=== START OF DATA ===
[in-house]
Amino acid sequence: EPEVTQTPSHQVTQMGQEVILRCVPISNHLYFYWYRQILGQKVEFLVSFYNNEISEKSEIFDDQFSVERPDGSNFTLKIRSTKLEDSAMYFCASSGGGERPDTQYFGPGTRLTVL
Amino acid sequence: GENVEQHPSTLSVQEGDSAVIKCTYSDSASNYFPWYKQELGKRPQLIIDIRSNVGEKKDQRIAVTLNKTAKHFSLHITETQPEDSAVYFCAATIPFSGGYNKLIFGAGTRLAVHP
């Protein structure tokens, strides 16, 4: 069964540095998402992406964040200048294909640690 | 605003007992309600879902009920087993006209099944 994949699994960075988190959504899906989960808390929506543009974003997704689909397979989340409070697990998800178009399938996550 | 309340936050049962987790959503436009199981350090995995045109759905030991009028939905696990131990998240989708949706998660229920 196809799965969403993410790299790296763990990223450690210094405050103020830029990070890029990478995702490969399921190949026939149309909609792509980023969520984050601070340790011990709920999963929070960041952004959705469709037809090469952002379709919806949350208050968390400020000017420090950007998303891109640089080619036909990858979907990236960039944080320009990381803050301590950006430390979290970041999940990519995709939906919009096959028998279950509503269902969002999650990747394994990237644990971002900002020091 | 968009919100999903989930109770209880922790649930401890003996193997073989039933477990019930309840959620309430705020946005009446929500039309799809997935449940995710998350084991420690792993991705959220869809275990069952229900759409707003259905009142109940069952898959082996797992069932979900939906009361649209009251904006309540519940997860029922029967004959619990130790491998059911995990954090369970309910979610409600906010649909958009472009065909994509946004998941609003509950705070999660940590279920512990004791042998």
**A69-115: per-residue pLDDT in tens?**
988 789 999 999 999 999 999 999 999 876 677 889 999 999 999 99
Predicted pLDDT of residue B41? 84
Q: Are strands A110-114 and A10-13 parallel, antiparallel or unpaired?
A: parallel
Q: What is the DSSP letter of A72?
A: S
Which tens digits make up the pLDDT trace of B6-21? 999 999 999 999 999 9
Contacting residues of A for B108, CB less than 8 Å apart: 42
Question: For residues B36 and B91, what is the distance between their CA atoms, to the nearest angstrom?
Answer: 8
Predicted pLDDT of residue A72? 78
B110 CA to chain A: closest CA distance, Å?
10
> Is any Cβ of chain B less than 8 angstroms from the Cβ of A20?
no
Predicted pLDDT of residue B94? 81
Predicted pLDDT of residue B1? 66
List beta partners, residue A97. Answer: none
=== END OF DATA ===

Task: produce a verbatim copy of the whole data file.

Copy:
[in-house]
Amino acid sequence: EPEVTQTPSHQVTQMGQEVILRCVPISNHLYFYWYRQILGQKVEFLVSFYNNEISEKSEIFDDQFSVERPDGSNFTLKIRSTKLEDSAMYFCASSGGGERPDTQYFGPGTRLTVL
Amino acid sequence: GENVEQHPSTLSVQEGDSAVIKCTYSDSASNYFPWYKQELGKRPQLIIDIRSNVGEKKDQRIAVTLNKTAKHFSLHITETQPEDSAVYFCAATIPFSGGYNKLIFGAGTRLAVHP
């Protein structure tokens, strides 16, 4: 069964540095998402992406964040200048294909640690 | 605003007992309600879902009920087993006209099944 994949699994960075988190959504899906989960808390929506543009974003997704689909397979989340409070697990998800178009399938996550 | 309340936050049962987790959503436009199981350090995995045109759905030991009028939905696990131990998240989708949706998660229920 196809799965969403993410790299790296763990990223450690210094405050103020830029990070890029990478995702490969399921190949026939149309909609792509980023969520984050601070340790011990709920999963929070960041952004959705469709037809090469952002379709919806949350208050968390400020000017420090950007998303891109640089080619036909990858979907990236960039944080320009990381803050301590950006430390979290970041999940990519995709939906919009096959028998279950509503269902969002999650990747394994990237644990971002900002020091 | 968009919100999903989930109770209880922790649930401890003996193997073989039933477990019930309840959620309430705020946005009446929500039309799809997935449940995710998350084991420690792993991705959220869809275990069952229900759409707003259905009142109940069952898959082996797992069932979900939906009361649209009251904006309540519940997860029922029967004959619990130790491998059911995990954090369970309910979610409600906010649909958009472009065909994509946004998941609003509950705070999660940590279920512990004791042998």
**A69-115: per-residue pLDDT in tens?**
988 789 999 999 999 999 999 999 999 876 677 889 999 999 999 99
Predicted pLDDT of residue B41? 84
Q: Are strands A110-114 and A10-13 parallel, antiparallel or unpaired?
A: parallel
Q: What is the DSSP letter of A72?
A: S
Which tens digits make up the pLDDT trace of B6-21? 999 999 999 999 999 9
Contacting residues of A for B108, CB less than 8 Å apart: 42
Question: For residues B36 and B91, what is the distance between their CA atoms, to the nearest angstrom?
Answer: 8
Predicted pLDDT of residue A72? 78
B110 CA to chain A: closest CA distance, Å?
10
> Is any Cβ of chain B less than 8 angstroms from the Cβ of A20?
no
Predicted pLDDT of residue B94? 81
Predicted pLDDT of residue B1? 66
List beta partners, residue A97. Answer: none